Will Labour PMQ stand-in Harriet seize the moment?
Does her elected status mean she’s fire-proof?
When Harriet Harman, first stood in for Brown at PMQs at the start of April there were widespread expectations that Cameron’s stand-in, William Hague, would do to her what he had done to the former deputy PM, John Prescott. But Harriet was ready and by all accounts came out from the exchanges on level terms if not better (judge for yourself by clicking the panel above)
Today the woman who was the surprise victor in last year’s deputy leadership election will be standing in for Brown again but in very much changed circumstances. All the polls have Labour in the 20s with the Tories in the 40s, London’s City Hall is under Tory Boris Johnson, and her party has had two awful by election results.
With the talk now being dominated by how long Brown can hold on and who would take his place there are growing suggestions that surrogates for Harriet are quietly sounding out opinion about her acceptability – first as a stand in PM if that post became vacant and then as a possibility for the main job itself.
The big political story in the Sun this morning is headed “Harriet bids to become PM” and seemingly she is the one Labour figure prepared to put her head above the parapet.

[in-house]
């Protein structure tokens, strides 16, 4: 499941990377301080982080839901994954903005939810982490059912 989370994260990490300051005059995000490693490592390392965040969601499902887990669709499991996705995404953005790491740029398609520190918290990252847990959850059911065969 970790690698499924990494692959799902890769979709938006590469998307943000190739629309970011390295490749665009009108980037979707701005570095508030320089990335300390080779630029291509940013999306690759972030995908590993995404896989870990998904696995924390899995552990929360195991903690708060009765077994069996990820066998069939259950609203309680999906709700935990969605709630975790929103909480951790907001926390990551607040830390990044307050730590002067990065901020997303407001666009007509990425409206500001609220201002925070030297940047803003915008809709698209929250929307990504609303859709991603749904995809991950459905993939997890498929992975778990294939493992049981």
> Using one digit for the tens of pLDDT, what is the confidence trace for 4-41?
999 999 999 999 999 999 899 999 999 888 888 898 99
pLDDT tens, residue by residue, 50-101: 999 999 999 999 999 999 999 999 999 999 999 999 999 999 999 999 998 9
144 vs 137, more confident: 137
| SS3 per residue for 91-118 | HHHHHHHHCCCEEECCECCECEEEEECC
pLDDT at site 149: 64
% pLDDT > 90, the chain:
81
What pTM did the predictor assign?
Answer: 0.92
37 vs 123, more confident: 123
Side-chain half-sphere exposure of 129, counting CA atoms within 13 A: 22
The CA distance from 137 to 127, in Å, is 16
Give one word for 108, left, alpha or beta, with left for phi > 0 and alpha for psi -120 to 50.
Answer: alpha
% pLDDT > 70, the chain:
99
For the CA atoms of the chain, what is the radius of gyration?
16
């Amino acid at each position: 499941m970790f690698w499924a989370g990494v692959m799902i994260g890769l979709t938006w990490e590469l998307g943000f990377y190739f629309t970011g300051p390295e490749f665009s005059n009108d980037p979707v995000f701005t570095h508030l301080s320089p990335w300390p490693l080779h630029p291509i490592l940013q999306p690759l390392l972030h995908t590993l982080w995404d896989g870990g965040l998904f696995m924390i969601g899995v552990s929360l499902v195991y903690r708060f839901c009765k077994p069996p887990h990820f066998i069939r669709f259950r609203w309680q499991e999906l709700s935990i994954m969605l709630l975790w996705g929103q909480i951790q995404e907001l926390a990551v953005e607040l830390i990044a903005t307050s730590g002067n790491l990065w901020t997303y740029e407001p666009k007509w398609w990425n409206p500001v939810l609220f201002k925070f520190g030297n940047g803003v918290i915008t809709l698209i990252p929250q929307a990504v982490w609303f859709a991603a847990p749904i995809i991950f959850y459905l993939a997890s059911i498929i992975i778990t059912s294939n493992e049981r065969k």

Because of that deputy leadership victory Harriet is in completely different position from all her other cabinet colleagues. She owes her position as a senior party figure not to Brown but to the movement as a whole and by all accounts she seems prepared to exploit it.
It is, of course, that same complex Labour electoral system that would be used in a contested leadership election and Harriet showed last year that she had mastered it beating off some “big beasts” in the process.
Which brings us to today’s PMQs at noon where she will be standing in for Brown who is at the G8 meeting. A good performance today could add to her platform – a bad one could dish her hopes completely.
Last night at a party I bumped into the first person to talk of a possible Harman leadership, Daniel Finkelstein, who argued that “Labour members will be looking for a more left wing candidate as leader, not another straight moderniser.” I agree. On Monday I put the grand sum of Â£12 on her at 16/1 to be the next occupant of Number 10 on Betfairâ€™s â€œNext PMâ€ market. The best you can get this morning is 5/1.